Samsung is looking to save some cash in 2016/16 after a rather disappointing two year stretch in which Apple, as well as Chinese brands like Xiaomi and Huawei, have systematically eaten away at its global market share, resulting in lower than expected sales and profits.
The high-end market for mobile phones has kind of stagnated. For instance, 2015 will be the first time the smart phone space has grown below double digits. That is pretty significant and it will affect everybody’s bottom-line, even big players like Apple and Samsung.
"With the smartphone market finally slowing to single-digit growth, maintaining momentum will depend on several factors," said Ryan Reith , Program Director with IDC's Worldwide Quarterly Mobile Phone Tracker .
"The main driver has been and will continue to be the success of low-cost smartphones in emerging markets. This, in turn, will depend on capturing value-oriented first-time smartphone buyers as well as replacement buyers. We believe that, in a number of high-growth markets, replacement cycles will be less than the typical two-year rate, mainly because the components that comprise a sub-$100 smartphone simply do not have the ability to survive two years. Offering products that appeal to both types of buyers at a suitable price point will be crucial to maintaining growth and vendor success.”
Android will still be the dominate OS for the foreseeable, however — it has 82% of the market, while Apple’s iOS platform takes care of just 15%. Importantly, though, Apple makes the most money in the smartphone space and with a lack of competition from other platforms – BB10 and Windows — this isn’t likely to change anytime soon.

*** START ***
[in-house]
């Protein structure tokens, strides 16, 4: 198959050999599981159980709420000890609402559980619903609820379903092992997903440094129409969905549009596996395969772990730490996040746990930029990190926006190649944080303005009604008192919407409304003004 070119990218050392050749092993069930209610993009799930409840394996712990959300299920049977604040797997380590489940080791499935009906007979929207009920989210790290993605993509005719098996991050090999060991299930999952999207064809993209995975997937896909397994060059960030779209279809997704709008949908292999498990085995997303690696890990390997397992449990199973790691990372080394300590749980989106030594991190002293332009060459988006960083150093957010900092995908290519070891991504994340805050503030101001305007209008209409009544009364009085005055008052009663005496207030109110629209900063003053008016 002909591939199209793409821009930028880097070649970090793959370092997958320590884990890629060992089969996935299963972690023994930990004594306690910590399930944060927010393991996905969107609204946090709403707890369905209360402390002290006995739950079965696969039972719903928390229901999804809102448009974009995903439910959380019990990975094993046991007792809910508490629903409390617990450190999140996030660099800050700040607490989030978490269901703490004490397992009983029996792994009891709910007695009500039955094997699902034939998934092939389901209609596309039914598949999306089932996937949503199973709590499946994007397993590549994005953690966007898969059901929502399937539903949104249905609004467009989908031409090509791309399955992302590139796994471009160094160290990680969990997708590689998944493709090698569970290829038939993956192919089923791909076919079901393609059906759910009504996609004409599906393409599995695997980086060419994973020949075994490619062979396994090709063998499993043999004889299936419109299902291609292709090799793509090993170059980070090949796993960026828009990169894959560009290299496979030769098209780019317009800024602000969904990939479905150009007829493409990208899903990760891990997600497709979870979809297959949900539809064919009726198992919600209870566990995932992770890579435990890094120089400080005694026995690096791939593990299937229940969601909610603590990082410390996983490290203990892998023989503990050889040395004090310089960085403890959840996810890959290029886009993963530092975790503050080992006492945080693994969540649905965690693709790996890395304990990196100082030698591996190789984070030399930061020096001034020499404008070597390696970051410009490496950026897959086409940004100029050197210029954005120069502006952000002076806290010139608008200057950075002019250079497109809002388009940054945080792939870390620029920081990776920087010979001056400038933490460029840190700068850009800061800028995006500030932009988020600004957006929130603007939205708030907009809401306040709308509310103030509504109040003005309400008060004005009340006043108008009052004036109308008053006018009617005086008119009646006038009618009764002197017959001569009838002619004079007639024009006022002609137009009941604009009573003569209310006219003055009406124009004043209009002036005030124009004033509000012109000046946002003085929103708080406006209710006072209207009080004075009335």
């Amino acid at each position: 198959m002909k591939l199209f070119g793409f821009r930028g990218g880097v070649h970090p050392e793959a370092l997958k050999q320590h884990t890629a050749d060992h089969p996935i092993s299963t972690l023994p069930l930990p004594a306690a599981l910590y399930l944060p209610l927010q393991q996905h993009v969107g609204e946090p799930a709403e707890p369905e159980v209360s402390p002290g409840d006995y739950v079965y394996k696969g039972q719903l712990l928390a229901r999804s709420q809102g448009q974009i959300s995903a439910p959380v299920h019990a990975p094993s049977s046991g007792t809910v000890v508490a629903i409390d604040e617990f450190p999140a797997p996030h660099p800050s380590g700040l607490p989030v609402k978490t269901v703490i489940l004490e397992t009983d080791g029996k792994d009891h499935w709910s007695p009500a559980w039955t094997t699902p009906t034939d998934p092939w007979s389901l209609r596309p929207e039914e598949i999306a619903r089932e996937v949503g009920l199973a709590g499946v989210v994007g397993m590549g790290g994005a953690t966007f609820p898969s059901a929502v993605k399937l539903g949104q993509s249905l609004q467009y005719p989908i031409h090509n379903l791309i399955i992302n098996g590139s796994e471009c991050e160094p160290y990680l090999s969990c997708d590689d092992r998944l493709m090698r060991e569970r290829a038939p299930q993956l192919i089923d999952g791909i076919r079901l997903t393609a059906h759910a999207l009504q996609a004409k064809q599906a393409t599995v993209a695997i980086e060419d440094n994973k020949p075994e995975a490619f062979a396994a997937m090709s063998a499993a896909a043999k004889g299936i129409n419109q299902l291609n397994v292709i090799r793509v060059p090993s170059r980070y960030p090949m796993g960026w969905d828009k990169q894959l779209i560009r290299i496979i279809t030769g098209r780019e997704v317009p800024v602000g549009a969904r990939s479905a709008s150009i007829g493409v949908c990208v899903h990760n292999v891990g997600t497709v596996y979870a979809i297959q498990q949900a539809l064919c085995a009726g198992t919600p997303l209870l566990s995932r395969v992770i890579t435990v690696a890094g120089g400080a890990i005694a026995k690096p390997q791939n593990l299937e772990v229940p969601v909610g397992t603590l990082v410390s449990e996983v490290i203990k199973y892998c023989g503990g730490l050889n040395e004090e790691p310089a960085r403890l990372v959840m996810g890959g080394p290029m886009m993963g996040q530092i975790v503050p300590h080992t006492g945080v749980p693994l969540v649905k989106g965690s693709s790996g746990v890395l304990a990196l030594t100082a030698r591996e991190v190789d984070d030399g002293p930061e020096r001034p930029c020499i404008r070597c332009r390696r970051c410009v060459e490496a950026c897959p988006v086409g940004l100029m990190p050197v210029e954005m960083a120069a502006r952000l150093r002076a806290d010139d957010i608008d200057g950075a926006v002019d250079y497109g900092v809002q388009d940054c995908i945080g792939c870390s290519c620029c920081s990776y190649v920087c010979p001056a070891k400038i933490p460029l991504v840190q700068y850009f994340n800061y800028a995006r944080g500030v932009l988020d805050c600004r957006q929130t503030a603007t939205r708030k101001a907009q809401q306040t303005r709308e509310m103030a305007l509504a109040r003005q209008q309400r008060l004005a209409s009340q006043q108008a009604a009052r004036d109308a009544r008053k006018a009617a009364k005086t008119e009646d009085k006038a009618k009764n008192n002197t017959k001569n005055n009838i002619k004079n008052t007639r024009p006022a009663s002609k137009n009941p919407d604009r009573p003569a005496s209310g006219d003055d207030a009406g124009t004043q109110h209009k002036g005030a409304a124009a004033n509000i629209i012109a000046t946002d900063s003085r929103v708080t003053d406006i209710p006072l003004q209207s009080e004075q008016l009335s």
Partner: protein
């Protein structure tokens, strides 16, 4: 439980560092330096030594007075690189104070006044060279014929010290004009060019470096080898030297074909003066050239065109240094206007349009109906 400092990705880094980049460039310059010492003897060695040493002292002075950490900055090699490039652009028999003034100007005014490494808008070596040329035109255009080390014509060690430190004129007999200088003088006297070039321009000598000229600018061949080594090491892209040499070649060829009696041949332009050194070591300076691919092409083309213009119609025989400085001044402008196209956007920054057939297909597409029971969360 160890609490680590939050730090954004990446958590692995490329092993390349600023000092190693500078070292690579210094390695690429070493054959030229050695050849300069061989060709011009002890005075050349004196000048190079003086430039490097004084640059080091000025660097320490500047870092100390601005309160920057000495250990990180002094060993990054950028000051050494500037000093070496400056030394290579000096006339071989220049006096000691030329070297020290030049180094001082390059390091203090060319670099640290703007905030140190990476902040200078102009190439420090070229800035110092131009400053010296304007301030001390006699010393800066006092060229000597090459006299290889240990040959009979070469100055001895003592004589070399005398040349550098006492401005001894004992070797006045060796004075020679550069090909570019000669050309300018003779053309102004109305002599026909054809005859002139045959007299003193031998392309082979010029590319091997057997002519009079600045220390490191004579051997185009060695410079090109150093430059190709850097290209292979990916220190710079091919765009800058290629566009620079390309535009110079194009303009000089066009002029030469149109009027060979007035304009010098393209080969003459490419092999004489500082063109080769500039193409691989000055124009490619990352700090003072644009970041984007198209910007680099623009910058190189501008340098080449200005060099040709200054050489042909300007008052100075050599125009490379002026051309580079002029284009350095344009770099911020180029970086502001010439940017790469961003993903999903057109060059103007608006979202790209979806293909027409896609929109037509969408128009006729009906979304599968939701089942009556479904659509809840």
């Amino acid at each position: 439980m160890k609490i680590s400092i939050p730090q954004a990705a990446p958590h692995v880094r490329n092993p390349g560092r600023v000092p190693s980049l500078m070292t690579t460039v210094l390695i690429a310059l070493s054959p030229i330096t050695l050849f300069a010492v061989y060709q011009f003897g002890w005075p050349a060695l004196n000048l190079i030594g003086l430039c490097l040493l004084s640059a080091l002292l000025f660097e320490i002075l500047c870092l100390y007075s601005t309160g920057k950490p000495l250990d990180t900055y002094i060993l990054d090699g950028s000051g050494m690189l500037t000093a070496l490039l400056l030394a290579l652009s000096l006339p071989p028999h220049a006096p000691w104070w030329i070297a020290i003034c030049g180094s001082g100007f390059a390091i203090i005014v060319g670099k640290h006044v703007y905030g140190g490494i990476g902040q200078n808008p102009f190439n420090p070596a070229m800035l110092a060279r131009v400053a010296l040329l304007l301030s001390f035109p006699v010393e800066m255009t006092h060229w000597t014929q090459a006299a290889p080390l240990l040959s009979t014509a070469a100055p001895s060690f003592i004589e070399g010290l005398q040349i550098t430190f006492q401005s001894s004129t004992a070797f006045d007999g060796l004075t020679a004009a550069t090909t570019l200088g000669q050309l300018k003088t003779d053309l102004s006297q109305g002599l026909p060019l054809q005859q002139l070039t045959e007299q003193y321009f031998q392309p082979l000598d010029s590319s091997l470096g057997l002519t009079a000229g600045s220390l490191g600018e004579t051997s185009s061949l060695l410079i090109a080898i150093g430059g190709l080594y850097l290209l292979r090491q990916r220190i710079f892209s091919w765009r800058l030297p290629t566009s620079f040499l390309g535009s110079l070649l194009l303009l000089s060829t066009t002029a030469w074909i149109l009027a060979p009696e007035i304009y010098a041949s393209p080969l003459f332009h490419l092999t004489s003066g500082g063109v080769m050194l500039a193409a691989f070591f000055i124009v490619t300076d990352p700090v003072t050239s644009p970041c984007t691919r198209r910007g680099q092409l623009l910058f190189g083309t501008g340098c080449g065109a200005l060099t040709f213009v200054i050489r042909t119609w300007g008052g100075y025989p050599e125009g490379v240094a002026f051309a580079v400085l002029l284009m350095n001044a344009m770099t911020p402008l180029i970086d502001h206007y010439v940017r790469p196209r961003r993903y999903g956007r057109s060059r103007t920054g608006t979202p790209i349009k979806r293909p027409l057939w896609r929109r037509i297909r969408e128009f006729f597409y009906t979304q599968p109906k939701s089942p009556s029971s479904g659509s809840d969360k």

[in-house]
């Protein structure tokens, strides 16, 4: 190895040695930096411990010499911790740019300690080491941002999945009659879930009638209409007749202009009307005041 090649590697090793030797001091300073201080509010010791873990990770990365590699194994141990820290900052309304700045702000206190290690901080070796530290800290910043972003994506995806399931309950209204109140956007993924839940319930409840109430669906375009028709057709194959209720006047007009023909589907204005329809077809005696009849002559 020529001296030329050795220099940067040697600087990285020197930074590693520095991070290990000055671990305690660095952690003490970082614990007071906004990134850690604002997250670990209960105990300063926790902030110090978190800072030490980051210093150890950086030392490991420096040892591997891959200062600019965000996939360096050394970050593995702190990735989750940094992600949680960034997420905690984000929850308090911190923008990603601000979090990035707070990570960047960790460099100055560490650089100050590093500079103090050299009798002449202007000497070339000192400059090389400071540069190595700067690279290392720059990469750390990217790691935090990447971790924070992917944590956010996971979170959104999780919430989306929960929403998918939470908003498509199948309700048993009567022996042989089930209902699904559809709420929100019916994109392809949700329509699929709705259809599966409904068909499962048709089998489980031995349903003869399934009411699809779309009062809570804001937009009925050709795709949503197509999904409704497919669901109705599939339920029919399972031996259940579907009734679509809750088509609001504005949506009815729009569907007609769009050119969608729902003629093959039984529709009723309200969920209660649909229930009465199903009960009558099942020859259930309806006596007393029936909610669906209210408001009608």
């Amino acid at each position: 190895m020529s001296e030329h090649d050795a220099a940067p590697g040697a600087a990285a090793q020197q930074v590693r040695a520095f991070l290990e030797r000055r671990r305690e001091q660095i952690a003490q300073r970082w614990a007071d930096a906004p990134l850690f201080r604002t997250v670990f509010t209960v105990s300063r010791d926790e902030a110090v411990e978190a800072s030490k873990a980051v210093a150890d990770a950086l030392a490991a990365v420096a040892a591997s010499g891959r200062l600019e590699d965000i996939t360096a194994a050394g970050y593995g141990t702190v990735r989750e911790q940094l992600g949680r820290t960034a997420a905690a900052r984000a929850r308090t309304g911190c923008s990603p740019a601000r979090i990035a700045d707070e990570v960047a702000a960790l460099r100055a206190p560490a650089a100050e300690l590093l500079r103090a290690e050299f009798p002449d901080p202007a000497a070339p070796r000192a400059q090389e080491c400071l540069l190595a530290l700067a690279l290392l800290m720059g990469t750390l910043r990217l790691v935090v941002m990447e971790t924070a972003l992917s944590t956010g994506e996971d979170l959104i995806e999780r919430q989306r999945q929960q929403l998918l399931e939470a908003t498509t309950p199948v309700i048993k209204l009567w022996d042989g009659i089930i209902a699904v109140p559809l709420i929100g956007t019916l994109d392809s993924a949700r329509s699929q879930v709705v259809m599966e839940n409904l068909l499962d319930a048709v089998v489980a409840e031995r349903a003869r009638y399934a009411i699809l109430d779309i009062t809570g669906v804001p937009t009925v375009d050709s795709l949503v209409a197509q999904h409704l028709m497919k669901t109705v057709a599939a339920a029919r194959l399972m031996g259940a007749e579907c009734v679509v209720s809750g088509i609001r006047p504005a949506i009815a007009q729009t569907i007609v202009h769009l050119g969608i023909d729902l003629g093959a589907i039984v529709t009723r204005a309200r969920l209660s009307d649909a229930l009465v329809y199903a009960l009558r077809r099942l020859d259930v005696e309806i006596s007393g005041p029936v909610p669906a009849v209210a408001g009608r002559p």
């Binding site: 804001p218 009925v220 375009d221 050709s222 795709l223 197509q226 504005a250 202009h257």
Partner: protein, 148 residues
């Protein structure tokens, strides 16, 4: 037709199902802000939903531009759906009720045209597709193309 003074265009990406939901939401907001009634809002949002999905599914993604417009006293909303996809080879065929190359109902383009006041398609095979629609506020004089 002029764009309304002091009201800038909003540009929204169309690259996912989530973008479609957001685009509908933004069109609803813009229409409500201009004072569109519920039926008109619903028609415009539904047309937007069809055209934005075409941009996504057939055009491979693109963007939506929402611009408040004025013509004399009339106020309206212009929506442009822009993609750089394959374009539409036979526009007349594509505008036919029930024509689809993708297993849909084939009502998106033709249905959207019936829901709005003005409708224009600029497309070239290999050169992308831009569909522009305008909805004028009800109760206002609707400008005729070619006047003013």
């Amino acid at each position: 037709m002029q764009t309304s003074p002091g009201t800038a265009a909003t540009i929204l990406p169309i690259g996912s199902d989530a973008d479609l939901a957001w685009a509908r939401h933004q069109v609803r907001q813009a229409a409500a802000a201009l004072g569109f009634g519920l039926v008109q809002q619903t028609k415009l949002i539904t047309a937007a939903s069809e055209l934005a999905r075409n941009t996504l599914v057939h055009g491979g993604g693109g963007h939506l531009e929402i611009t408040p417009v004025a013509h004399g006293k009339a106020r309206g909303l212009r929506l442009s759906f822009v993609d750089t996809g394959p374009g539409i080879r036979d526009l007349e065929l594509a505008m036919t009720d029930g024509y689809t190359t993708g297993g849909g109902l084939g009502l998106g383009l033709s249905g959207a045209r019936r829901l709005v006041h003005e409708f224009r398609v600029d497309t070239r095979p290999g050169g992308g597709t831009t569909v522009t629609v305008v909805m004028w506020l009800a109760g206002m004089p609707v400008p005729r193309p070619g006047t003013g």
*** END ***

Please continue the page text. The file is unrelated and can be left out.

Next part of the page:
The Galaxy S6 and Galaxy S6 EDGE were two of our favourite handsets of 2015. They looked awesome and the performance was excellent. Solid stuff, indeed. Unfortunately consumers weren’t too impressed with what Samsung had brought to the table and sales were well below what the firm expected to shift. And Apple having two record-breaking years in a row did not help matters, neither did Xiaomi hoovering up in China.
But it’s OK — at least we have the Galaxy S7 to look forward to, right? Kind of. But ut all depends on whether or not you liked the Galaxy S6 and Galaxy S6 EDGE because Samsung isn’t planning on doing much to the look and feel of the handset, according to sources familiar with its plans.
The sources mentioned above spilled their guts to The Korea Times, a usually very good publication for all things Samsung and LG. According to the sources, “the S7 will have improvements both in picture quality, performance and other some new features. But because smartphones have already been commoditised, you don’t need to spend more on a surface overhaul.”
Translation? The overall design of the phones will remain the same and all major changes will be under the hood — sound familiar? It should. This is exactly what Apple does with its iPhone cycle year-in-year out. The source claims the Galaxy S7 will feature faster processors, new DRAM chips with expanded storage, and OLED displays. All big, useful upgrades that will no doubt be appreciated by A LOT of people.
It's not exactly surprising that Samsung has gone down this route. For one thing the poor sales performance by the Galaxy S6 seems to have NOTHING to do with how people regarded its design and build - largely it received glowing reviews and was heralded as the best looking phone Samsung had produced to date. With the design established as really rather good that's the last thing Samsung should want to change, and what's more, it doesn't because that kind of development is a big costly overhaul; that's why Apple doesn't do it every year, and Samsung only just did it, so the design SHOULD be good for a while yet, if Samsung can generate interest through other features.